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    Author(s): Maureen E. Austin
    Date: 2004
    Source: Landscape and Urban Planning 69(2004): 245-253
    Publication Series: Scientific Journal (JRNL)
    Station: North Central Research Station
    PDF: Download Publication  (999.43 KB)


    The open space conservation subdivision (R.G. Arendt, 1996) has been presented as an alternative to conventional large lot residential development. A form of clustering, this planning approach emphasizes the quality as well as the quantity of land preserved. The format offers a means for local planning officials to accommodate residential growth while preserving natural areas, rural features, and wildlife habitat that is typically altered as sprawl spreads outward from urban centers. These preserved areas become part of the residential community, accessible via trails and pathways. Residents share in the ownership of the preserved open space and take responsibility for its management. The purpose of this study was to gain an understanding of residents' perspectives of open space conservation subdivisions. What is their understanding of living in an open space community? How this process is implemented and how homebuyers respond to lot size and group management of natural areas is important to further application of this planning technique. Interviews were conducted with homeowners in 13 open space communities in southeast Michigan. Responses to questions about the satisfactions and problems associated with life in these communities, as well as understanding of the open space concept, provide useful feedback from residents to those seeking to implement this planning philosophy. Interviews reveal residents are pleased with the access to nearby nature as well as the social aspects of living in their neighborhoods. However, understanding of the open space conservation concept varies considerably among the residents and carries little recognition of the unique features offered by such subdivisions. Greater emphasis on sharing the principles behind the open space conservation approach with homebuyers may lead to a fuller appreciation of their choice to live there. Furthermore, residents' understanding of this concept may be key to their continued involvement in managing local natural areas and advocating this approach to those who live outside these communities.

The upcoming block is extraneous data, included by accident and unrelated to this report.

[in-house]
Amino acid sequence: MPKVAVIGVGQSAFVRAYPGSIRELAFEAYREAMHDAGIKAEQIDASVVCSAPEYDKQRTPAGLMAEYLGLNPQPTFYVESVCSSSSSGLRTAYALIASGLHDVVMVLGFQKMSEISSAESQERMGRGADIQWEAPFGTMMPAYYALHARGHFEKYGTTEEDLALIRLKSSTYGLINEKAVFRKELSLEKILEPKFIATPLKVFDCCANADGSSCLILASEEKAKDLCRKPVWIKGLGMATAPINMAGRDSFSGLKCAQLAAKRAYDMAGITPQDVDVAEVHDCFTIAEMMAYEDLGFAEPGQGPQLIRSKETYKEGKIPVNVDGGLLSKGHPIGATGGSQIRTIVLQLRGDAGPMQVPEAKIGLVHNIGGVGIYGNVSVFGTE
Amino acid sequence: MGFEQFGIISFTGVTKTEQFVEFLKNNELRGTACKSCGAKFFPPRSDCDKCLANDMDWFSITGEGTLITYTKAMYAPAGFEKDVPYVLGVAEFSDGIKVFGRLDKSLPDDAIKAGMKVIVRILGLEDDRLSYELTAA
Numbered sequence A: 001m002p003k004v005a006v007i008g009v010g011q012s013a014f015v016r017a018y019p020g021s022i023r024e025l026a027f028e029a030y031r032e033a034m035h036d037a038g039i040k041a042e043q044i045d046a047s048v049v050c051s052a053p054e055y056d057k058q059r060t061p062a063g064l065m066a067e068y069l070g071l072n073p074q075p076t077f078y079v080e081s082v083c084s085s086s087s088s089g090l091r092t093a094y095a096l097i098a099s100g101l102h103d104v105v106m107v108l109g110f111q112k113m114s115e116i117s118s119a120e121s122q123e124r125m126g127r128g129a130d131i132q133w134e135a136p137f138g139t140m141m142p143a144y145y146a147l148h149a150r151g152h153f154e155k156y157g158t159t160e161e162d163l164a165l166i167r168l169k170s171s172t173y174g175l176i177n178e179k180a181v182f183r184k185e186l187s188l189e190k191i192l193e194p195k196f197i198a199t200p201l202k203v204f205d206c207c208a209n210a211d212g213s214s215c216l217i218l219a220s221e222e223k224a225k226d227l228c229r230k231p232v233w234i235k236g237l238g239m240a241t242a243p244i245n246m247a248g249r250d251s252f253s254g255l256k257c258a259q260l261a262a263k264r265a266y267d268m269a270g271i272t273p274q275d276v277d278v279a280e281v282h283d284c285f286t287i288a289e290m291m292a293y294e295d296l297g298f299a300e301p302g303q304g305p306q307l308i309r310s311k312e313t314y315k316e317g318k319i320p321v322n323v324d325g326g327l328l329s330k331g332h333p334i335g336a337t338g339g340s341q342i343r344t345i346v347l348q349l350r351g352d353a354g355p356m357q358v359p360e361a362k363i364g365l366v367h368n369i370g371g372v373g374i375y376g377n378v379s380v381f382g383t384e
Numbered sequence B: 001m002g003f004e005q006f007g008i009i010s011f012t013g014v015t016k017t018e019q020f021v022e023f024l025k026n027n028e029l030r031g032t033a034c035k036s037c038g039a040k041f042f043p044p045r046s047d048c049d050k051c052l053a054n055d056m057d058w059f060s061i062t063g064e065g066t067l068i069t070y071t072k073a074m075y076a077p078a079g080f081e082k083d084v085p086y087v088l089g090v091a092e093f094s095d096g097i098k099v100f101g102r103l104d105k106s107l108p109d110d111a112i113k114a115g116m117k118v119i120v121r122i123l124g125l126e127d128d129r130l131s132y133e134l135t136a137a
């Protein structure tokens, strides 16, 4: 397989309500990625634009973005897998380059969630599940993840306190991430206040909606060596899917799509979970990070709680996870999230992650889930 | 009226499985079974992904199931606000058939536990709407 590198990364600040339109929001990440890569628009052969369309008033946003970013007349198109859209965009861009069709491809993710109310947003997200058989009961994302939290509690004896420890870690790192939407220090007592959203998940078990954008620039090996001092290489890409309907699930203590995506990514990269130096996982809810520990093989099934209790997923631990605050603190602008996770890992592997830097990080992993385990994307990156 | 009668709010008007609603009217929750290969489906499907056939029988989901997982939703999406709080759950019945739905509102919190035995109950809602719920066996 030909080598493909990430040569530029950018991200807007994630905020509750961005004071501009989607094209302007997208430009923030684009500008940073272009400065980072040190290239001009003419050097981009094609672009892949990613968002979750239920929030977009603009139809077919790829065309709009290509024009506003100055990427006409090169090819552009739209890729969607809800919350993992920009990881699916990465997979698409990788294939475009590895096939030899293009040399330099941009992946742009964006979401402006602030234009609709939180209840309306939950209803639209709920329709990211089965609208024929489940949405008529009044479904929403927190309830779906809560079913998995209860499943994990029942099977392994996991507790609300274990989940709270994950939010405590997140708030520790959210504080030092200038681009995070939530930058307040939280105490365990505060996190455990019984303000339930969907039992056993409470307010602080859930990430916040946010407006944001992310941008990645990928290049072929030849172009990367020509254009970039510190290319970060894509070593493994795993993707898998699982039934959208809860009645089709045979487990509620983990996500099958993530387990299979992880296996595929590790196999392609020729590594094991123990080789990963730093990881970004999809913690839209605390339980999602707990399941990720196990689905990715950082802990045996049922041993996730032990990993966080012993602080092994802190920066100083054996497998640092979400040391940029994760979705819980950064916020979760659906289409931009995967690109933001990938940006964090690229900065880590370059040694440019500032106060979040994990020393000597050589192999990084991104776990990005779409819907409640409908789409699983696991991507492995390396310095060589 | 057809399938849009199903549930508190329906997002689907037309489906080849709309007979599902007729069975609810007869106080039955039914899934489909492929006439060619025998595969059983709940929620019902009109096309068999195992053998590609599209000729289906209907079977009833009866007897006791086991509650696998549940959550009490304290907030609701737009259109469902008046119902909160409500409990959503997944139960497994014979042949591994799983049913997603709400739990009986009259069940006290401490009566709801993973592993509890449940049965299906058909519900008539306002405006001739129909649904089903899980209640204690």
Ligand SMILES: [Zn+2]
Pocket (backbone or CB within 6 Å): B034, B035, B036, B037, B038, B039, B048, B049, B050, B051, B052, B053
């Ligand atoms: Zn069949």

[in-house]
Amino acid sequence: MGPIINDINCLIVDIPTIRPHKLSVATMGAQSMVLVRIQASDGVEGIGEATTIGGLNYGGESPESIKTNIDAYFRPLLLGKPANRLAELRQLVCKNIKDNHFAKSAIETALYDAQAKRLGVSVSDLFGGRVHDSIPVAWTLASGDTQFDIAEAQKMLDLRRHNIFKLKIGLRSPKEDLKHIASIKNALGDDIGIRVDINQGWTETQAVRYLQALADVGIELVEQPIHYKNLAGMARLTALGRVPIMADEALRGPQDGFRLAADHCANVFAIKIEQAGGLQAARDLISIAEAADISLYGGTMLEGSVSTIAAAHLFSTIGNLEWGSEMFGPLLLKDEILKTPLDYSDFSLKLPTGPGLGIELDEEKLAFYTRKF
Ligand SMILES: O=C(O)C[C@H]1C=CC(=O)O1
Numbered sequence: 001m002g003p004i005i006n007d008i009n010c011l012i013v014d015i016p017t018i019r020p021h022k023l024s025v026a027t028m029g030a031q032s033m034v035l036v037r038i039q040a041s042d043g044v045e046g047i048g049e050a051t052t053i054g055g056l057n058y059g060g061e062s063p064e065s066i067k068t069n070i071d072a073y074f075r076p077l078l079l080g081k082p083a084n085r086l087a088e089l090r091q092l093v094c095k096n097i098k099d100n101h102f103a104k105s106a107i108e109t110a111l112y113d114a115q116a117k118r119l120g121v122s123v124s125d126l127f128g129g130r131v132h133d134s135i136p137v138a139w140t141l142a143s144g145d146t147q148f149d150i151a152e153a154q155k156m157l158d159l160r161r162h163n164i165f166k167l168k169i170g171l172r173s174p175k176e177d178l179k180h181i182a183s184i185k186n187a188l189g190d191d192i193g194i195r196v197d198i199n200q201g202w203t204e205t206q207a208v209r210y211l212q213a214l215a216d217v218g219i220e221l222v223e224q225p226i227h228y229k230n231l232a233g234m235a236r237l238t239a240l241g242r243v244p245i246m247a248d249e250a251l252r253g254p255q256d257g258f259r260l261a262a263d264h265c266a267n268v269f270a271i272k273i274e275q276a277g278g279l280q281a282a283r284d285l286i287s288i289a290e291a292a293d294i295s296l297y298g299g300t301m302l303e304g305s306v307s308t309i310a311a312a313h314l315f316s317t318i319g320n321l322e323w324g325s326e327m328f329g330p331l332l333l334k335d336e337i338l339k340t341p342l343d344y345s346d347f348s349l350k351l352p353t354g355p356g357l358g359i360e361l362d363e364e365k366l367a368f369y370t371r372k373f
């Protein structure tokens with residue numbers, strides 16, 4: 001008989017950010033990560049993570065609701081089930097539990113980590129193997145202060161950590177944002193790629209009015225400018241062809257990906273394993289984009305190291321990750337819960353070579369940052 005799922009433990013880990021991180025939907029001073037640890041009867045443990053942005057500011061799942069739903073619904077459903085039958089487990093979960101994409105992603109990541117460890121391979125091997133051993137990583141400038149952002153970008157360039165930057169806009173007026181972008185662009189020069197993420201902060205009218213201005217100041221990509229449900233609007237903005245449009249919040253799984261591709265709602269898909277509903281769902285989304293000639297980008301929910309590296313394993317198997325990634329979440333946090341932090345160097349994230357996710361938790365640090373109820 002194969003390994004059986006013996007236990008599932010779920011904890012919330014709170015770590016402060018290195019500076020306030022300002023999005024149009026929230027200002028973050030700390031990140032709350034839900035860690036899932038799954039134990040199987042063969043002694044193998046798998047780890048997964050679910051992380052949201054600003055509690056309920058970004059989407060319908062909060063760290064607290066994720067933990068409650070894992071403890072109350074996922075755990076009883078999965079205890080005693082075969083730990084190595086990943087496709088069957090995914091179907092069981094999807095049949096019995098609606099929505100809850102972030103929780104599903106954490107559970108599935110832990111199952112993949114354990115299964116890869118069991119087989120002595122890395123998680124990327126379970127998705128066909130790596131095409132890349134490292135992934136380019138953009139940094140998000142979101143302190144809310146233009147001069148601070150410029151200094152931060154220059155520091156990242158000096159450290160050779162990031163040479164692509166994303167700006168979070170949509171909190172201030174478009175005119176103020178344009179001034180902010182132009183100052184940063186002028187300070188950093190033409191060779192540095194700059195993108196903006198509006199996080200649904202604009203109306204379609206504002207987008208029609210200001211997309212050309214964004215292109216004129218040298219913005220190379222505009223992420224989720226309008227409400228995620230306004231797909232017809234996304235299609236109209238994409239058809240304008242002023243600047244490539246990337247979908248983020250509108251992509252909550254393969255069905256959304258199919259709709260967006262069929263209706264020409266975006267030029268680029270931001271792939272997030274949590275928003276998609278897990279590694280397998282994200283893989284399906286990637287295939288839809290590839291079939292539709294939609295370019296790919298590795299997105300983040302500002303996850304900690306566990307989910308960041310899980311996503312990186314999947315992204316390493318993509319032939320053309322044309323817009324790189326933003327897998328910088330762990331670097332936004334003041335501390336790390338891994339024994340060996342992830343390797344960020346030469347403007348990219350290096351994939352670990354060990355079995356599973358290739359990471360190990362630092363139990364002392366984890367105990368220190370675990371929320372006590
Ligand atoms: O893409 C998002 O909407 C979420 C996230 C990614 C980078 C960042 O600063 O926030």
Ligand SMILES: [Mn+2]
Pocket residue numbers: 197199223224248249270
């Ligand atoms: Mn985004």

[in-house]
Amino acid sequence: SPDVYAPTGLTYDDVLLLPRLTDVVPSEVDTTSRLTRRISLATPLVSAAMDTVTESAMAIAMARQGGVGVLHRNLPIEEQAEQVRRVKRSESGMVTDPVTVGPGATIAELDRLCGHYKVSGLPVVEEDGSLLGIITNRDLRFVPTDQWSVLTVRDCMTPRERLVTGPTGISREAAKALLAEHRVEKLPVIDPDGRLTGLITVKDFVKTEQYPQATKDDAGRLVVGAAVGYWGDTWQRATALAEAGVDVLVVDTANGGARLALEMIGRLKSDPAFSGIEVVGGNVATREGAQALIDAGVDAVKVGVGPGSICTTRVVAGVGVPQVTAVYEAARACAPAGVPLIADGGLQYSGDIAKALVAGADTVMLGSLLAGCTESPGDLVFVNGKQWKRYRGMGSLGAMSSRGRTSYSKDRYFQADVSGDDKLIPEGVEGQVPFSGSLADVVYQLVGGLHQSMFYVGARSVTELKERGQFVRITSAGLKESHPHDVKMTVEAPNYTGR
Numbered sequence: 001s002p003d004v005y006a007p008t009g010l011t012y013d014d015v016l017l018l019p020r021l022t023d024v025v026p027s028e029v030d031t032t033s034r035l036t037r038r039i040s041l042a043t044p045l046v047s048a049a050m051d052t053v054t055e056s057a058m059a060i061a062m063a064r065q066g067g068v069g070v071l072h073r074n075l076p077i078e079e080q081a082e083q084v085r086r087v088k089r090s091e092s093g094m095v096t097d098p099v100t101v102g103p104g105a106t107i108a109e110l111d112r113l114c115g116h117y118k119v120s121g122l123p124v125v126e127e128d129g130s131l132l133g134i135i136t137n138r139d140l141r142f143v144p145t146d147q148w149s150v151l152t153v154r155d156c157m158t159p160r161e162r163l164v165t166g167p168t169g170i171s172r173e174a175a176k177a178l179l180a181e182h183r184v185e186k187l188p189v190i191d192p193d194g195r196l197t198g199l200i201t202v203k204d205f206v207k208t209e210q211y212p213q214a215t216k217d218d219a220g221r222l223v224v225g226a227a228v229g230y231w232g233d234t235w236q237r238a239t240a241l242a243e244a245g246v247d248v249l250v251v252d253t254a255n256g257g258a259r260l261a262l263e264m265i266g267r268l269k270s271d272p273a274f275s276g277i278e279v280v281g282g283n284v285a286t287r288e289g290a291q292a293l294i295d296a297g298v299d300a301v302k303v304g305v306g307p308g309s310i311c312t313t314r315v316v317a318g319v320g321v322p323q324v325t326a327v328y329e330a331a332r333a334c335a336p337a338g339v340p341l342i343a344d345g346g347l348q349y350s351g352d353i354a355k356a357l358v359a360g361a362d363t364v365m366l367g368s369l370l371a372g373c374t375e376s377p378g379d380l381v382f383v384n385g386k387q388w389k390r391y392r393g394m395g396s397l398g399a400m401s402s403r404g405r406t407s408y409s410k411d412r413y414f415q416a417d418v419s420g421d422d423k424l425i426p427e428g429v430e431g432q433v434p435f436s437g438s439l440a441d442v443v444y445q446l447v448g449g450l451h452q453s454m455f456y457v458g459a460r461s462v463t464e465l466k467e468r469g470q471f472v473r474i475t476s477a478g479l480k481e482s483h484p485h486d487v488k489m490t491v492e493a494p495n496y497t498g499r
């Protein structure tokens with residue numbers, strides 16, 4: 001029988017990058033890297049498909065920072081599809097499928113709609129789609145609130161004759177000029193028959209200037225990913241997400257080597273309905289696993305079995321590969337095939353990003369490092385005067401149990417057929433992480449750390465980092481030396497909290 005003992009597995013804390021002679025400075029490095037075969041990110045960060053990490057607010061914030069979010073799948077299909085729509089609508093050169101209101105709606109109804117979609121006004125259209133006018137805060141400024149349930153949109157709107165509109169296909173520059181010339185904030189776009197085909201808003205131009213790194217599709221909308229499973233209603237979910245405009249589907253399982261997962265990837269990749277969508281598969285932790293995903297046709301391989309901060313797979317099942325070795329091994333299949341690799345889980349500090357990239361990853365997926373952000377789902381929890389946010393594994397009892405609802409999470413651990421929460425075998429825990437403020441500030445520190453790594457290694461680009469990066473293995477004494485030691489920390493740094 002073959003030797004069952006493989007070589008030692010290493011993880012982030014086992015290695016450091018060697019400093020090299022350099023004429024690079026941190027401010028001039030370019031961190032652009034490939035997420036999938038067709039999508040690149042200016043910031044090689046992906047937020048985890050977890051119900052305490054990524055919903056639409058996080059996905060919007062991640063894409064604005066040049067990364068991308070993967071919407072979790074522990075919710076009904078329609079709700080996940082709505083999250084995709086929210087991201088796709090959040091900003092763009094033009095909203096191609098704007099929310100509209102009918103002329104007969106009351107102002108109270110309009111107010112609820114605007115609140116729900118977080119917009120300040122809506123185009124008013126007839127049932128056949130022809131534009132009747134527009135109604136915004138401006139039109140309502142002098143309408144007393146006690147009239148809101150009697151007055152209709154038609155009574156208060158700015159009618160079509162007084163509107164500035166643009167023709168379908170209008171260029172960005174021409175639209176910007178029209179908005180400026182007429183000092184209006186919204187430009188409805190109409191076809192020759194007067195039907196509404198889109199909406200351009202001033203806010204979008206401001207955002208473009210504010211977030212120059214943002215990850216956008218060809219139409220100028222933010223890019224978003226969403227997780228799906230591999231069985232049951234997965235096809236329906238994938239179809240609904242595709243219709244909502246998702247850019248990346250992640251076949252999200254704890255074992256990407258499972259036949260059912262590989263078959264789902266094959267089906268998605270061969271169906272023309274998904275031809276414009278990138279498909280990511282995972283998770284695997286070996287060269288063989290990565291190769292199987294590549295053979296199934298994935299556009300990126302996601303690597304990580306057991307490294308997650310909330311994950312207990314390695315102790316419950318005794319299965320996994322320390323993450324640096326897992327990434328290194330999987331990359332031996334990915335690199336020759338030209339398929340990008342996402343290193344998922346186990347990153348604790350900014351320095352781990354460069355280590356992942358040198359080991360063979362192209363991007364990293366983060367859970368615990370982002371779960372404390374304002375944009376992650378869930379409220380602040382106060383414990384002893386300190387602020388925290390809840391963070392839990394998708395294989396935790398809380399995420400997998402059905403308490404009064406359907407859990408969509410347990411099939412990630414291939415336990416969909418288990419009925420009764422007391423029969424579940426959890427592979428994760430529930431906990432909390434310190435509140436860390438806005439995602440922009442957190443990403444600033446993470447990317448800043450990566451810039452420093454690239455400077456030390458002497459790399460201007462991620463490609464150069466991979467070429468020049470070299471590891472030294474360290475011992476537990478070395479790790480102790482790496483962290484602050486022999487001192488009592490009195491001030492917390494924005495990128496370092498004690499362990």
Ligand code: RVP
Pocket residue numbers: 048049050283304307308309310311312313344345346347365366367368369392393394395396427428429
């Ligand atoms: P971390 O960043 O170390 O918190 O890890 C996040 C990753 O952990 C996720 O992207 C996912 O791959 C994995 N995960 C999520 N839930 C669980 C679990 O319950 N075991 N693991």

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    Austin, Maureen E. 2004. Resident perspectives of the open space conservation subdivision in Hamburg Township, Michigan. Landscape and Urban Planning 69(2004): 245-253


    Land use planning, Open space conservation, Resident satisfactions, Sprawl

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